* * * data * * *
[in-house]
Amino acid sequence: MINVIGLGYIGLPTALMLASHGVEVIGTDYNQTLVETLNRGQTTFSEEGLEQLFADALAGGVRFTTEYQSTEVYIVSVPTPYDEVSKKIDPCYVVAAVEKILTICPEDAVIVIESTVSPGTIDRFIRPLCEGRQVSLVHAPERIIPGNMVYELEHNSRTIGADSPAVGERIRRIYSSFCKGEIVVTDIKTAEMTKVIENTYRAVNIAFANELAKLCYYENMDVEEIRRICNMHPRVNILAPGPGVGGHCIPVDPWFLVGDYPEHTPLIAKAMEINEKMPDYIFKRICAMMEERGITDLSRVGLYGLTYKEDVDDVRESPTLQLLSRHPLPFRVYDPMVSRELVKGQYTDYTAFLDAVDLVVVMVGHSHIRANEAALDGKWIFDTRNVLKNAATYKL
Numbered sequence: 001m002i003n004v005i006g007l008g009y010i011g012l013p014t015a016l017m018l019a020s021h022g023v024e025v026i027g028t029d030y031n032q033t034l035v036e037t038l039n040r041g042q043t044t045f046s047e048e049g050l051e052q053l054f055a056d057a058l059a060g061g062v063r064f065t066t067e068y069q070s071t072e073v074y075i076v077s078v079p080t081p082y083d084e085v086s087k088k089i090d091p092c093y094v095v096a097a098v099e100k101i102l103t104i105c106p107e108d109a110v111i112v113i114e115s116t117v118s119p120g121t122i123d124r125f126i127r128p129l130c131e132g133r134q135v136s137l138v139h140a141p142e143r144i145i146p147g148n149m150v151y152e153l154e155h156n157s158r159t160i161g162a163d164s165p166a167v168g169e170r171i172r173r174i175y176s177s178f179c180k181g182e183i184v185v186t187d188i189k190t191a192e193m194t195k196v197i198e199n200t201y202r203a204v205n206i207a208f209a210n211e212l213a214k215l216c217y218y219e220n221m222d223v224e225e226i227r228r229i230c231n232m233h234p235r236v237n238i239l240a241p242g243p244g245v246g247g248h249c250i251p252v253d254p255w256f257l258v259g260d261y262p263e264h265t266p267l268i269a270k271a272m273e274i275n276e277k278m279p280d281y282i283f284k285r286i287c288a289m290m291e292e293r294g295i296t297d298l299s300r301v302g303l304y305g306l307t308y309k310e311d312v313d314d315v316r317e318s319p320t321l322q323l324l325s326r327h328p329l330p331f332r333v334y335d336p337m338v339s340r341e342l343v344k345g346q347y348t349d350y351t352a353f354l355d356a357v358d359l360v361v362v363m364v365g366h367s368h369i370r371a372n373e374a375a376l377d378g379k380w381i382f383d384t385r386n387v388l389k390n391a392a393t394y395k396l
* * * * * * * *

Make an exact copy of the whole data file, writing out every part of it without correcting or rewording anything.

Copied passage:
[in-house]
Amino acid sequence: MINVIGLGYIGLPTALMLASHGVEVIGTDYNQTLVETLNRGQTTFSEEGLEQLFADALAGGVRFTTEYQSTEVYIVSVPTPYDEVSKKIDPCYVVAAVEKILTICPEDAVIVIESTVSPGTIDRFIRPLCEGRQVSLVHAPERIIPGNMVYELEHNSRTIGADSPAVGERIRRIYSSFCKGEIVVTDIKTAEMTKVIENTYRAVNIAFANELAKLCYYENMDVEEIRRICNMHPRVNILAPGPGVGGHCIPVDPWFLVGDYPEHTPLIAKAMEINEKMPDYIFKRICAMMEERGITDLSRVGLYGLTYKEDVDDVRESPTLQLLSRHPLPFRVYDPMVSRELVKGQYTDYTAFLDAVDLVVVMVGHSHIRANEAALDGKWIFDTRNVLKNAATYKL
Numbered sequence: 001m002i003n004v005i006g007l008g009y010i011g012l013p014t015a016l017m018l019a020s021h022g023v024e025v026i027g028t029d030y031n032q033t034l035v036e037t038l039n040r041g042q043t044t045f046s047e048e049g050l051e052q053l054f055a056d057a058l059a060g061g062v063r064f065t066t067e068y069q070s071t072e073v074y075i076v077s078v079p080t081p082y083d084e085v086s087k088k089i090d091p092c093y094v095v096a097a098v099e100k101i102l103t104i105c106p107e108d109a110v111i112v113i114e115s116t117v118s119p120g121t122i123d124r125f126i127r128p129l130c131e132g133r134q135v136s137l138v139h140a141p142e143r144i145i146p147g148n149m150v151y152e153l154e155h156n157s158r159t160i161g162a163d164s165p166a167v168g169e170r171i172r173r174i175y176s177s178f179c180k181g182e183i184v185v186t187d188i189k190t191a192e193m194t195k196v197i198e199n200t201y202r203a204v205n206i207a208f209a210n211e212l213a214k215l216c217y218y219e220n221m222d223v224e225e226i227r228r229i230c231n232m233h234p235r236v237n238i239l240a241p242g243p244g245v246g247g248h249c250i251p252v253d254p255w256f257l258v259g260d261y262p263e264h265t266p267l268i269a270k271a272m273e274i275n276e277k278m279p280d281y282i283f284k285r286i287c288a289m290m291e292e293r294g295i296t297d298l299s300r301v302g303l304y305g306l307t308y309k310e311d312v313d314d315v316r317e318s319p320t321l322q323l324l325s326r327h328p329l330p331f332r333v334y335d336p337m338v339s340r341e342l343v344k345g346q347y348t349d350y351t352a353f354l355d356a357v358d359l360v361v362v363m364v365g366h367s368h369i370r371a372n373e374a375a376l377d378g379k380w381i382f383d384t385r386n387v388l389k390n391a392a393t394y395k396l